Original Research

Ambivalence in the Christian poetry of C.S. Lewis

G. M. Smith
Literator | Vol 20, No 1 | a442 | DOI: https://doi.org/10.4102/lit.v20i1.442 | © 1999 G. M. Smith | This work is licensed under CC Attribution 4.0
Submitted: 26 April 1999 | Published: 26 April 1999

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G. M. Smith, Department of English, Vista University Distance Education Campus, Vista University, Pretoria, South Africa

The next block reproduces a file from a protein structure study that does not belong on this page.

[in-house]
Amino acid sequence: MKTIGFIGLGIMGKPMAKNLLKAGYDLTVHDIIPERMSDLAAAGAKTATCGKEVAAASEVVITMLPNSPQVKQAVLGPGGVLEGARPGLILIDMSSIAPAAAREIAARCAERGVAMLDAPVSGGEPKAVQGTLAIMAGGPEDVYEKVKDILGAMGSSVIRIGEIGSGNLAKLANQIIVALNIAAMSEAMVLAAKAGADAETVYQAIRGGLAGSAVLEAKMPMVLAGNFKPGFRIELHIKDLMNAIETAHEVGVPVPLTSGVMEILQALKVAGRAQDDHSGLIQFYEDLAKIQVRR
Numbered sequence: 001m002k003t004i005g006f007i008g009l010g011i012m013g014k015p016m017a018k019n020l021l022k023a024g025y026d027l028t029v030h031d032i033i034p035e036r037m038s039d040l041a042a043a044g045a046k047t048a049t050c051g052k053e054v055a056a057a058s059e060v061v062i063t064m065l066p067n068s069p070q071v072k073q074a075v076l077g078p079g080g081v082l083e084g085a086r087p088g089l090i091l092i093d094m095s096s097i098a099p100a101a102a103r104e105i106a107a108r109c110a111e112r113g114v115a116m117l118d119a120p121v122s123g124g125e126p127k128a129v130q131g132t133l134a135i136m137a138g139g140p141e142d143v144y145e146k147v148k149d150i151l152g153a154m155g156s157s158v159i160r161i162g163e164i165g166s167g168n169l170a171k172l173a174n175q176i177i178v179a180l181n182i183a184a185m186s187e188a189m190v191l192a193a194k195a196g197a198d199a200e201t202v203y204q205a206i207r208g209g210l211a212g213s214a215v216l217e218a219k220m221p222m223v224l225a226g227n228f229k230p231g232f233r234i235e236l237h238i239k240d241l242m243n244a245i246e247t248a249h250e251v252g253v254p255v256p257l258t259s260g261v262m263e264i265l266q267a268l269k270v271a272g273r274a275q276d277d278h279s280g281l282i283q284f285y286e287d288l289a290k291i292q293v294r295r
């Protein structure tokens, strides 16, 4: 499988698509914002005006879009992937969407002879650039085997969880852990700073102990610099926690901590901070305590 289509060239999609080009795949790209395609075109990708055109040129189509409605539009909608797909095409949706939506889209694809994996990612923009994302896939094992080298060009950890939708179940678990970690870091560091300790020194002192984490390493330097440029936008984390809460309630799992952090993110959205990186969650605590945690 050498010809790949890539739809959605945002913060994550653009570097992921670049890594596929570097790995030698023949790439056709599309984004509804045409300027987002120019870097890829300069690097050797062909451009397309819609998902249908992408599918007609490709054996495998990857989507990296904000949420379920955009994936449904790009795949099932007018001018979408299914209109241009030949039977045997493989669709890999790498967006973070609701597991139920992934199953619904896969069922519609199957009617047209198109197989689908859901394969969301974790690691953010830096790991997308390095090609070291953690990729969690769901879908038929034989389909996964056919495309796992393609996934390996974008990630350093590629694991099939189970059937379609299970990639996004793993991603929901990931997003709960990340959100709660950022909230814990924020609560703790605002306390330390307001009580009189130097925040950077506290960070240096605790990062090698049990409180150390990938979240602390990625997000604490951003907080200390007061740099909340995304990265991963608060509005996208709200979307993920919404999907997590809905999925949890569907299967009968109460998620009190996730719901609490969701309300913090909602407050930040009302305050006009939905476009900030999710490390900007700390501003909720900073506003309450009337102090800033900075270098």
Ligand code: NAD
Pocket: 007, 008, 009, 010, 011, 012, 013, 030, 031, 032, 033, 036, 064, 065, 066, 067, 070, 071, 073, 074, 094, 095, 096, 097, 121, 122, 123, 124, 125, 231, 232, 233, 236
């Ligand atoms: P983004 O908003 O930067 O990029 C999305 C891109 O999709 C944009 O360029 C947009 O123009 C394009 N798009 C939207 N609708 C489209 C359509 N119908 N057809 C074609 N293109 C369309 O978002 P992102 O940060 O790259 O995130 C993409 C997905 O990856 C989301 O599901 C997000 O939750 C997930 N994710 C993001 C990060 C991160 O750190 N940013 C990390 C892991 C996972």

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This article examines the ambivalence expressed in certain of the explicitly Christian poems written by C.S. Lewis. As a writer his primary claim to fame is his Christian apologetics, in spite of the fact that he is well thought of in literary circles and produced several scholarly works. In the light of his considered Christian convictions, one would expect his poetry to voice a strong faith and confidence in God However, somewhat ironically, certain of his poems reflect his struggles and doubts concerning faith in an intensely personal register. Nevertheless, in spite of his ambivalent feelings towards God, he retains the certainty that God is able to transcend his human frailty and difficulties. The problem of faith is relevant in our own time, and it therefore seems fitting that we should examine certain of C.S. Lewis's poems in commemoration of the centenary year of his birth.


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